Hurricane Irene: Martin O'Malley visits storm-damaged areas

Fallen trees did damage and blocked the entrance to this St. Mary's County home. (Photo: Brad Bell/ABC7)

Gov. Martin O'Malley is touring Maryland counties to assess the damage caused by Hurricane Irene, while hundreds of thousands of homes and businesses in the mid-Atlantic region remain without power.

O'Malley was in Hollywood on Tuesday, where trees had fallen on top of homes and were strewn across lawns. He also introduced the state's insurance commissioner, Therese Goldsmith, to residents.

At least 42 deaths blamed on Hurricane Irene have been reported in a dozen states.

Meanwhile, utility companies say some 300,000 customers in the mid-Atlantic region are still without power. Baltimore Gas and Electric was reporting the most outages.

Ted Turner is one of the lucky few here. The trees mostly missed his house. Across the street, Glenn Colby wasn't so lucky.

“It was like bombs going off 'cause you'd hear crack crack then boom,” Colby said.

He says trees were falling from about 7 p.m. Saturday until 2 a.m. Sunday. Somewhere in there a giant oak hit his house.

He, his wife and their six kids got out okay. Incredibly, nobody on the street was injured though three homes have been condemned.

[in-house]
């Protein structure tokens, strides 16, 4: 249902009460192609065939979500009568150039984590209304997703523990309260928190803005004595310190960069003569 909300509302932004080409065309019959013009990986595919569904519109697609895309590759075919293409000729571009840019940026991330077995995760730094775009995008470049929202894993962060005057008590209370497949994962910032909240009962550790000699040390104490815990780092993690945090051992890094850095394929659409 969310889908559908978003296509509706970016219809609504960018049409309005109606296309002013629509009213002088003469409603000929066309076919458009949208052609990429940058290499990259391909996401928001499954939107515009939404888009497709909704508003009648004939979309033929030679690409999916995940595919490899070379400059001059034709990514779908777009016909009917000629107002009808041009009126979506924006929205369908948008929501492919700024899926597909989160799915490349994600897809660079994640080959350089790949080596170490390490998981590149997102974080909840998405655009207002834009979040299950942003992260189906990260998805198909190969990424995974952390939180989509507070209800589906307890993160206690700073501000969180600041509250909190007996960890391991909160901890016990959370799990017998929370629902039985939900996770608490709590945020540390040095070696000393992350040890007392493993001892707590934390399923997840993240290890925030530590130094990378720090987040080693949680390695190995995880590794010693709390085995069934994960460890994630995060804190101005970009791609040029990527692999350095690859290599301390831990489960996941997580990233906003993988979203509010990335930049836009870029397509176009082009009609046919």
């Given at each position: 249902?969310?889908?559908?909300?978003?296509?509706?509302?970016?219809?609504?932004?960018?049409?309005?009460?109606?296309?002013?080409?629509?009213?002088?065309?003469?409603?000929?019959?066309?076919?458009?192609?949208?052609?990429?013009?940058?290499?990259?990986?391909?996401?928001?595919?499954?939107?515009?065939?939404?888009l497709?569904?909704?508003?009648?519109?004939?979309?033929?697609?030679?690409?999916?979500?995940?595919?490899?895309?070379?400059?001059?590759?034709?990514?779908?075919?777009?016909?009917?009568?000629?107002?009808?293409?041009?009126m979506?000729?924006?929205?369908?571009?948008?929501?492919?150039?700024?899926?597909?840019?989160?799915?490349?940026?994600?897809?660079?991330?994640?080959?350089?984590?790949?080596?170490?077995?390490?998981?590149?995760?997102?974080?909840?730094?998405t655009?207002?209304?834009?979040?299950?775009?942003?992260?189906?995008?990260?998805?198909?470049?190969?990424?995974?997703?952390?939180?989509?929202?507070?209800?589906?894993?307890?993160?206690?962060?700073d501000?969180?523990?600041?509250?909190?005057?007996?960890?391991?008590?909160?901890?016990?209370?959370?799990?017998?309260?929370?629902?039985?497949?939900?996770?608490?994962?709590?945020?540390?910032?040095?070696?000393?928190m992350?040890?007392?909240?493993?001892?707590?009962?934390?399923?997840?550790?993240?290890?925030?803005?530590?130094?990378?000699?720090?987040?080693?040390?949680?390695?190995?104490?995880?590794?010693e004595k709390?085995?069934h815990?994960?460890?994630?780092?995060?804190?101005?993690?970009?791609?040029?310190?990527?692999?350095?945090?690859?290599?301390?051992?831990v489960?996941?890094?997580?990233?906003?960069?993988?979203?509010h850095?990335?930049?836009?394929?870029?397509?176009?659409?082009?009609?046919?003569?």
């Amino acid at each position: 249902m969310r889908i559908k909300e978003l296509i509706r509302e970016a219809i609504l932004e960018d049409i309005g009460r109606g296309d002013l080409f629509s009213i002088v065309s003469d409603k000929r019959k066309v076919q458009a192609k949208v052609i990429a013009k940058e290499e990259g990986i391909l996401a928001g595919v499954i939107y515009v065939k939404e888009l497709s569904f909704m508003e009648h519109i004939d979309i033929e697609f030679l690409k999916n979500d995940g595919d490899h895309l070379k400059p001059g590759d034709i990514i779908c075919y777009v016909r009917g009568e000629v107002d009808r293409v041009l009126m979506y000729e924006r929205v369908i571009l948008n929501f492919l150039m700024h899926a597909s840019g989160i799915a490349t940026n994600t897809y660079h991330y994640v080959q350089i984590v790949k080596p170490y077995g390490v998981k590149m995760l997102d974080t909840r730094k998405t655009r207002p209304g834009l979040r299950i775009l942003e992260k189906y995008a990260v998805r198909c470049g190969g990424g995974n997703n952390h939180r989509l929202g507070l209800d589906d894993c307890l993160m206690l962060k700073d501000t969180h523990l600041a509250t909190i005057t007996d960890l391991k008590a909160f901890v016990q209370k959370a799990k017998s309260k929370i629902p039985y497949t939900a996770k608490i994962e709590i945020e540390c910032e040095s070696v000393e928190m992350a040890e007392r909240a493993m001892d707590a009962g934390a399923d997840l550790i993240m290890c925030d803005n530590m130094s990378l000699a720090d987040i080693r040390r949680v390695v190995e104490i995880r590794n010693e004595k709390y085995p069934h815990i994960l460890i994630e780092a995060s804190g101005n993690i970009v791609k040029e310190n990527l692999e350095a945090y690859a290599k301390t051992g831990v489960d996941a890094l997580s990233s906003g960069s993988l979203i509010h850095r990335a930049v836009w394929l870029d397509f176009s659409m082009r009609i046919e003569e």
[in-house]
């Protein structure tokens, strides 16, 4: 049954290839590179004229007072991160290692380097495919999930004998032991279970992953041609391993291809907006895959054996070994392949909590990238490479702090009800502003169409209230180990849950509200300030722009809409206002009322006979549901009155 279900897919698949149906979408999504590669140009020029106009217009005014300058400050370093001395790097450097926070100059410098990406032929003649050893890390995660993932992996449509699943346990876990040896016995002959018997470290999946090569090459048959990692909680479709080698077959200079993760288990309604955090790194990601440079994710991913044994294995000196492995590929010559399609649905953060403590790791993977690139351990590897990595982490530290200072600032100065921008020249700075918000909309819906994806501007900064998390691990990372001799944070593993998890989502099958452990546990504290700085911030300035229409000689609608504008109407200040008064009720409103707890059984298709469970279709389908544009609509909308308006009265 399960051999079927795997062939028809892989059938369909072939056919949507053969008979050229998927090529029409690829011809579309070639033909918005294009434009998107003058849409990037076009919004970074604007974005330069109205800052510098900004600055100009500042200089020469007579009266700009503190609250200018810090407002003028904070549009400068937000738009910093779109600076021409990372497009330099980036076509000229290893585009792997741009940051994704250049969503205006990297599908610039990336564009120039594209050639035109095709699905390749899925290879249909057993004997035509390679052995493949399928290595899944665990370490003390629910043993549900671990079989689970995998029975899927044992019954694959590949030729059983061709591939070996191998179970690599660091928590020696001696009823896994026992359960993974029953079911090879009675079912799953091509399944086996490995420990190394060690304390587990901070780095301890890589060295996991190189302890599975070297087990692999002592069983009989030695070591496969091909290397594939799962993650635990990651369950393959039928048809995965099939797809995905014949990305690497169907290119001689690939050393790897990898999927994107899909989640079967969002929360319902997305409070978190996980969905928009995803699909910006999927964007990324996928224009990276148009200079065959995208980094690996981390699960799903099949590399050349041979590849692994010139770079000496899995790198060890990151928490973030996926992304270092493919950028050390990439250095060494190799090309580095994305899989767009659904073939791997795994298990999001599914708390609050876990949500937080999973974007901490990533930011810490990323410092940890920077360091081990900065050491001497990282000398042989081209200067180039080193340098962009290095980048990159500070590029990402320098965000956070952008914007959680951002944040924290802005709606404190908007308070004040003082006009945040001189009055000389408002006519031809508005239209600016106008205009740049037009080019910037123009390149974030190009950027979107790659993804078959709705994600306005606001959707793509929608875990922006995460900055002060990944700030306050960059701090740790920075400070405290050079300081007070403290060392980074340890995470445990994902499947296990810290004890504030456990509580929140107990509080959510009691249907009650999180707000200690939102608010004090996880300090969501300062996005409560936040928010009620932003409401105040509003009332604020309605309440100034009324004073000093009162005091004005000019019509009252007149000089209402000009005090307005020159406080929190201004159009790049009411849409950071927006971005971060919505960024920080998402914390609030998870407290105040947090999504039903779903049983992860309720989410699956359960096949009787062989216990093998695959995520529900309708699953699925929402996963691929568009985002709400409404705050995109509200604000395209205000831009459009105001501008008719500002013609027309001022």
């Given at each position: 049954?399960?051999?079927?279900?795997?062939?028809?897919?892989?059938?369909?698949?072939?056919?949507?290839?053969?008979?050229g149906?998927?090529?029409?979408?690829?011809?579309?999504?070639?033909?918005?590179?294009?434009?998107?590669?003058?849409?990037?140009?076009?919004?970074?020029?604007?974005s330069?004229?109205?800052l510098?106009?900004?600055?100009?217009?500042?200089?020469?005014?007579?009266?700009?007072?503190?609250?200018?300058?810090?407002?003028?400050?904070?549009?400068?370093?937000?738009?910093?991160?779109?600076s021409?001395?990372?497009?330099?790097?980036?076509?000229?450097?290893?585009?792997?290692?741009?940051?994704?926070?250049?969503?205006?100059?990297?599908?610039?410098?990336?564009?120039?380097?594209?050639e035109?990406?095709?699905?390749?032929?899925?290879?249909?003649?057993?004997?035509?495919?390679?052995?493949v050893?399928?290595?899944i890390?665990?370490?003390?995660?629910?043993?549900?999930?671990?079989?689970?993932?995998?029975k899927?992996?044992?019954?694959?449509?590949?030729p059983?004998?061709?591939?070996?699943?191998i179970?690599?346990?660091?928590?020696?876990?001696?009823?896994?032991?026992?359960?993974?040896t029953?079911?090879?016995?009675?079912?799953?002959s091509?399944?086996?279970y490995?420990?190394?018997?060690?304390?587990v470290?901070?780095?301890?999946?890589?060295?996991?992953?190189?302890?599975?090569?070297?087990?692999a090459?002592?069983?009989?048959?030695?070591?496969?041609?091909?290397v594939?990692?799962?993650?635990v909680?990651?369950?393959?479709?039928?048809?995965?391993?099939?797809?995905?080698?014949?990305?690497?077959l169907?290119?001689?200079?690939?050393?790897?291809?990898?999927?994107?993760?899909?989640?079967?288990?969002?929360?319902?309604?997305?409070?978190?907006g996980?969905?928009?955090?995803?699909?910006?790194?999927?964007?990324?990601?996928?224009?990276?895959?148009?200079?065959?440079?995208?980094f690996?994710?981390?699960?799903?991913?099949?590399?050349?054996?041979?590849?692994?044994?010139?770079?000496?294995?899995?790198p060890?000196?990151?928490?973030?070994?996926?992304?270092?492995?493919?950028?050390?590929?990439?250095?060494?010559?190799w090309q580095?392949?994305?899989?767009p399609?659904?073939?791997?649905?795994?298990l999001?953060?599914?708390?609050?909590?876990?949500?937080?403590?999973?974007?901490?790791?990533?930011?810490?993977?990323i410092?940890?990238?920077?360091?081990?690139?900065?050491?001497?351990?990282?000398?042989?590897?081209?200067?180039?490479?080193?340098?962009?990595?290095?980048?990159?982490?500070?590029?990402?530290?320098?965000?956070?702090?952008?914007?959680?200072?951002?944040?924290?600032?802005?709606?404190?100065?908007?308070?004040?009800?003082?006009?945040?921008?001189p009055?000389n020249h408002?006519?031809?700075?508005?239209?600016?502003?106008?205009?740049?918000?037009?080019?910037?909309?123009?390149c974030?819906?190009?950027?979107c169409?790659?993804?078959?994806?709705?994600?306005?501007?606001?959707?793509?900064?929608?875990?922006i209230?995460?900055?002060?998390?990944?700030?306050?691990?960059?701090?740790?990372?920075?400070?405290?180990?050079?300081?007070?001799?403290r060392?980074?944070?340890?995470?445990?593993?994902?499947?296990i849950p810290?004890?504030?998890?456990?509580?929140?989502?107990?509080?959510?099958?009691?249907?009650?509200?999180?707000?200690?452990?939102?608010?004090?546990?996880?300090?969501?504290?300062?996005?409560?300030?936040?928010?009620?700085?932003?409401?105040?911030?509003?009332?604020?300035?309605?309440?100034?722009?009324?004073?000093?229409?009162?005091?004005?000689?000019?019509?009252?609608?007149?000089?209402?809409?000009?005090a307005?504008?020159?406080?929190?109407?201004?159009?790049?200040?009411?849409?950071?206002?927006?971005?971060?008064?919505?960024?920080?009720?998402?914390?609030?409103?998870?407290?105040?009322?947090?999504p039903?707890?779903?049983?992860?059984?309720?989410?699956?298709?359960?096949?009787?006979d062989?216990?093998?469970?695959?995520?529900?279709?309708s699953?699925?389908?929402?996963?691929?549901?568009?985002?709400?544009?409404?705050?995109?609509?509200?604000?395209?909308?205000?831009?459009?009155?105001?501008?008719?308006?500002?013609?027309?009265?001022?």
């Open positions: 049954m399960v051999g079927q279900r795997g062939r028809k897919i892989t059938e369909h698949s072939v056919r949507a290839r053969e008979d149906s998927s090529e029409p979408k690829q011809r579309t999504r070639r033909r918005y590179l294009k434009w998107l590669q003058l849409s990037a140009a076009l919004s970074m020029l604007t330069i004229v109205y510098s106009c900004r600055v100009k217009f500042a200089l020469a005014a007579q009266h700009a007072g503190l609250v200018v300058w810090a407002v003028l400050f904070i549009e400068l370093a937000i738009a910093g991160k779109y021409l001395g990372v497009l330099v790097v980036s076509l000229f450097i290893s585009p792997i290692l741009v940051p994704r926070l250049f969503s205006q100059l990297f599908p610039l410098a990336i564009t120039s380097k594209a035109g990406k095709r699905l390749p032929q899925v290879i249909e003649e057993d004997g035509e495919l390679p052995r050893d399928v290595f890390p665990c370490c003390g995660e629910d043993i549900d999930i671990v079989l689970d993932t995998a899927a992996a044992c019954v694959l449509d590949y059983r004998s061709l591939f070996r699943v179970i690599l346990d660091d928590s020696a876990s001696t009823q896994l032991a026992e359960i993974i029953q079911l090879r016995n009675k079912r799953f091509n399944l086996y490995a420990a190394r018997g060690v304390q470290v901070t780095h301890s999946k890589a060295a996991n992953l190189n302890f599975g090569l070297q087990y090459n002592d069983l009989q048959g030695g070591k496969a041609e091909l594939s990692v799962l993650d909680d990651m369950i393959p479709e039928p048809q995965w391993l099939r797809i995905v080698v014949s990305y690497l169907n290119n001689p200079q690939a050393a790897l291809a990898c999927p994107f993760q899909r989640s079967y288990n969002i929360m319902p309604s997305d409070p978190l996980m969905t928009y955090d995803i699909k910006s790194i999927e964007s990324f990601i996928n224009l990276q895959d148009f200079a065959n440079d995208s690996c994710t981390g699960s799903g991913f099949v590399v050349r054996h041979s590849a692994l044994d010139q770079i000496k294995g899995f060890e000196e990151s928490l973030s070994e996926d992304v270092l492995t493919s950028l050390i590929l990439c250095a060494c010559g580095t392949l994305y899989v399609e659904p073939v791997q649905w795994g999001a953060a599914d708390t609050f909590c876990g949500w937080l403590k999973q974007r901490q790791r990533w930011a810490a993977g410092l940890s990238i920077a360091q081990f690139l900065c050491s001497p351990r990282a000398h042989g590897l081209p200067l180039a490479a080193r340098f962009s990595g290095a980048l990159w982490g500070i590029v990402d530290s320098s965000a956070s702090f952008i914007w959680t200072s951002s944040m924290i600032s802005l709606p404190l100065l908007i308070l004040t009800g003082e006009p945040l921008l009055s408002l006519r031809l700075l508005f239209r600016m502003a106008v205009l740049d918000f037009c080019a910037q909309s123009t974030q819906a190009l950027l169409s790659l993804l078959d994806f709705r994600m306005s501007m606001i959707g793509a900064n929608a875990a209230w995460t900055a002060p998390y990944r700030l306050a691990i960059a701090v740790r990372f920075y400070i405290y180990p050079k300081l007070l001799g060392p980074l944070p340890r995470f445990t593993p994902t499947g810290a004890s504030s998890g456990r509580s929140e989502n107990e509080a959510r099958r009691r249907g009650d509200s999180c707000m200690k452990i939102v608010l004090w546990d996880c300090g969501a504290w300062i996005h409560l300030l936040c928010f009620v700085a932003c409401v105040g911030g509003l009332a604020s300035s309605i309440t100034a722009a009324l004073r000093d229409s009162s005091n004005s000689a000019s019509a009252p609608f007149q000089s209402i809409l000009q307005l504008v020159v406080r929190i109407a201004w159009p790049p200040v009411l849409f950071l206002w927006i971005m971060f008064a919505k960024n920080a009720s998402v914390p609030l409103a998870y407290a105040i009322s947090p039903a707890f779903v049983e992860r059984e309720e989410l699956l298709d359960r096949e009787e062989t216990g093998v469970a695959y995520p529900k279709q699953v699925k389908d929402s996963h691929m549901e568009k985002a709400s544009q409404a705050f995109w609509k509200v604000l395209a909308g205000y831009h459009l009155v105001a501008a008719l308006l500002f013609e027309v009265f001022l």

Colby and his neighbors told O'Malley they want some help with the clean-up and for the governor to send heavy equipment. O'Malley says he's not sure what he can do.

“We're gonna be working out all of those things with the insurance companies cover what they won’t cover,” O’Malley said.

Schools in Anne Arundel, Calvert and St. Mary's counties also remain closed.

In D.C. some residents are still struggling with power outages.

For residents of the 3600 block of Warren who normally receive power through these stretched lines, they had another day of no power. The Pernas were sitting outside talking by candle light last night.

"It's ridiculous, I mean we pay big taxes up here,” said Ruth Perna.

Residents of Anacostia Avenue in Northeast are making the best of it. Alphonzo Brooks is using his car battery and an extension cord to run what he can inside.

“That's how I run the t.v., battery charger charge my phone and maybe when my wife go to work use her curlers,” he said.